top of page

recent retirees - retro pay adjustment

If you were employed/worked at the USPS during the period included in the adjustment, you will get a hard copy check. Included in this retro pay adjustment are the "General Wage Increase" dating back to August 2021, and "COLA Adjustments" for June 2021 and January 2022.  Please contact the post office you last worked at if you do not receive your retro pay adjustment. 




A new PSHB will take affect in January 2025. Most Postal Service annuitants and their eligible family members who are entitled to Medicare Part A will be eligible to enroll in Medicare Part B during a six-month special enrollment period (SEP) starting April 1, 2024. This six-month period permits annuitants who did not sign up for Part B at the age of 65 to do so penalty-free. Individuals who qualify for the SEP will receive a separate notification prior to April 1, 2024, as required by the PSRA. Annuitants and their family members who are entitled to Medicare Part A must enroll in Medicare Part B to be eligible to continue PSHB coverage. Current annuitants will not be required to enroll in Medicare Part B if they chose to stay out. Some other very limited exceptions will apply.


cost of living increase for retirees

Civil Service Retirement System (CSRS) annuities and Social Security benefits will increase through a 8.7 percent cost-of-living adjustment (COLA) for 2023. Federal Employees Retirement System (FERS) annuities will receive a 7.7 percent COLA. Both COLAs will be reflected in the January 2023 payments.  

Every year COLA is determined by comparing the change in the Consumer Price Index for Urban Wage Earners and Clerical Workers (CPI-W) based on the average of the third-quarter months of July, August and September. September's CPI-W was 291.854, July's was 292.219, and August's was 291.629, the 2022 third-quarter average is 291.901. This results in a 8.7% increase over the average CPI-W for the third quarter of 2021, which was 268.421. 

Under the current law, COLAs for FERS retirees are reduced and do not protect fully earned annuities from the effects of inflation. Should the annual CPI-W increase 3% or more, FERS COLAs are reduced by 1%. If the CPI-W increase is 2-3%, FERS enrollees receive only a 2% COLA. When the CPI-W increase is under 2%, the COLA matches the price index increase.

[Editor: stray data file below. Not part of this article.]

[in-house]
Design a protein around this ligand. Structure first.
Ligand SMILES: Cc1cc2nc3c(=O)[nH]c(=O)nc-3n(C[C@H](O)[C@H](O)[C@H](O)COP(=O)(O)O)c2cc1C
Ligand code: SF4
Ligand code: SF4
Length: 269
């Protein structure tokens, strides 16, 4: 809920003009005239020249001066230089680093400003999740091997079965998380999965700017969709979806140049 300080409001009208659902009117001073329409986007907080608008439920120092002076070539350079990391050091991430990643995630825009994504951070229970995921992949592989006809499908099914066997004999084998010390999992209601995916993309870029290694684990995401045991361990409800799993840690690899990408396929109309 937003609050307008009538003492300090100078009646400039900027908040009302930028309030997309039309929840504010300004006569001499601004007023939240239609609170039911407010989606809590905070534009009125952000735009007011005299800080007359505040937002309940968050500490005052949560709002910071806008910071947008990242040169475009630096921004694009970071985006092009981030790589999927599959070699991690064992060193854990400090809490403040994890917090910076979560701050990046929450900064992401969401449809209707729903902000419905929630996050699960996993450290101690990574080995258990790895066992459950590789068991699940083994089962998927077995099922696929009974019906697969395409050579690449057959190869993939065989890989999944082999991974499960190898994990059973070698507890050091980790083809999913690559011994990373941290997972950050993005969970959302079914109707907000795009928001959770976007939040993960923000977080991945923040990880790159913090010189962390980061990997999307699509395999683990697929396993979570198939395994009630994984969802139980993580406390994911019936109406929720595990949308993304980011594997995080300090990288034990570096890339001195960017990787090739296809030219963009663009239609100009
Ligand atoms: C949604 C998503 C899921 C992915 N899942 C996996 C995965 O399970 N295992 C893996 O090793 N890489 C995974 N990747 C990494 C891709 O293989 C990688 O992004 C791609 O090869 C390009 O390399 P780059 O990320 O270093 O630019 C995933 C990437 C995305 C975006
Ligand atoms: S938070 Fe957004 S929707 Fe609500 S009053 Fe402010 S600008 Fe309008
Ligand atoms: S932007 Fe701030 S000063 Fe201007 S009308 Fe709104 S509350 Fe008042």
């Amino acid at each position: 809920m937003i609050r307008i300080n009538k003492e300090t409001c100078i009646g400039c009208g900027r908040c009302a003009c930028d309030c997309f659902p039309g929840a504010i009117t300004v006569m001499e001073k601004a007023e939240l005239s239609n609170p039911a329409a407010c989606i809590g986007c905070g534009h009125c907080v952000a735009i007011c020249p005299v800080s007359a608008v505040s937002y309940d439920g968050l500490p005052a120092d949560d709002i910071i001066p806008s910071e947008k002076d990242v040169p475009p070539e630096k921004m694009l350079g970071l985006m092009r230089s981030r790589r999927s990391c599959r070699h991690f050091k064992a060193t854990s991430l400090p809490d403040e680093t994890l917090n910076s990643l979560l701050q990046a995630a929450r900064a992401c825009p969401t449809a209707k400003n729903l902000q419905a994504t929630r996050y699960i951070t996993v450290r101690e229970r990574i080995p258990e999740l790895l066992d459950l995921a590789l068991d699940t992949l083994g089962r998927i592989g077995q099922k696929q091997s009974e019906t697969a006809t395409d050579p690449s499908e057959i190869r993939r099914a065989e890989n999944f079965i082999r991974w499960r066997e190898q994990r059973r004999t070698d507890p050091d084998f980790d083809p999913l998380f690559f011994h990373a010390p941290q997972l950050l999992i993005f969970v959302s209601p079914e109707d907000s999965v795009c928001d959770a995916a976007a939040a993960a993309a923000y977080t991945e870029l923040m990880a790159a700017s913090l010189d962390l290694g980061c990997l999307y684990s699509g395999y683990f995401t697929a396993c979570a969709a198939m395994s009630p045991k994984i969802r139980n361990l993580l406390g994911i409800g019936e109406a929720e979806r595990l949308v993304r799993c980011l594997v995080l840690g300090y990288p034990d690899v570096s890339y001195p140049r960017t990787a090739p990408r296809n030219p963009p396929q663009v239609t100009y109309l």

Contact your Senator and ask him to support the Equal COLA Act, H.R. 304 which would provide FERS annuitants with a full COLA, equal to the change in consumer prices, regardless of the percentage, as provided to CSRS annuitants and Social Security beneficiaries.  



The special retirement supplement is unique to FERS (Federal Employees Retirement System). This supplement substitutes for the Social Security part of your FERS benefit until you reach the age of 62, which is when most people become eligible for Social Security benefits.  

This supplement is to provide an income that is similar to that which you would receive at the age of 62. This supplement will stop the month before you turn 62.


The CSA number is a number that federal retirees receive when they are provided an annuity at the time of retirement. CSA is an acronym for Civil Service Annuity. The old Civil Service Administration became the Office of Personnel Management (OPM) in 1979. The CSA number is the number that the OPM uses to identify the retiree and his/her retirement and benefits. It is sometimes referred to as a claim number by OPM. You can basically think of it as your EIN number prior to retiring. It is a eight digit number with a "0" as the eighth digit.

You can find your CSA number in several places.

     1. OPM will issue you a "Retirement Services Reference Card" after you have retired. It is a small card that looks similar to your social security card. The eight digit number can be found on this card.

       2. Additionally, you can find this number on your 1099R form which will be sent to you in January. The 1099R form reports your annuity payments for the previous year to the IRS (much like the W2 reported your earnings while you were employed). You will use the 1099R to file your income tax. The CSA number will be listed under "Account Number" or "Retirement Claim Number".

       3. Every year OPM will send out a "Notice of Annuity Adjustment". This notice is sent to all retirees and will indicate the amount your annuity will be for the upcoming year. This new amount will include the cost of living adjustment (COLA), if any. Even in years when there is no COLA, you will still receive the notice. You will find your CSA number on this notice also.

       4. The CSA number is also listed in the top-right area of the "Welcome Letter" the annuitant received shortly after OPM received the retirement packet from the USPS.

Upon the death of the retiree, the surviving spouse should notify OPM and file for a survivor annuity. OPM will issue the widow/widower their own number and it is referred to as a CSF number. This CSF number will be a seven digit number followed by a "W". The surviving spouse will receive a "Retirement Services Reference Card" just as the retiree had received, but it will have the new CSF number on it. The surviving spouse will also receive a 1099R and a "Notice of Annuity Adjustment" each year just as the retiree had received them.


Establishing an online account is the best way to handle your information with OPM. You can do so at "". There are benefits to an online account such as changing your deductions, changing your mailing address,  you're able to change your banking information, print your tax form, etc. Should you choose not to have an online account, you can call OPM between 7:30 a.m. and 5:00 p.m. Eastern time at 1-888-767-6738; however, the wait time is usually extremely long. Additionally, you can email OPM at

bottom of page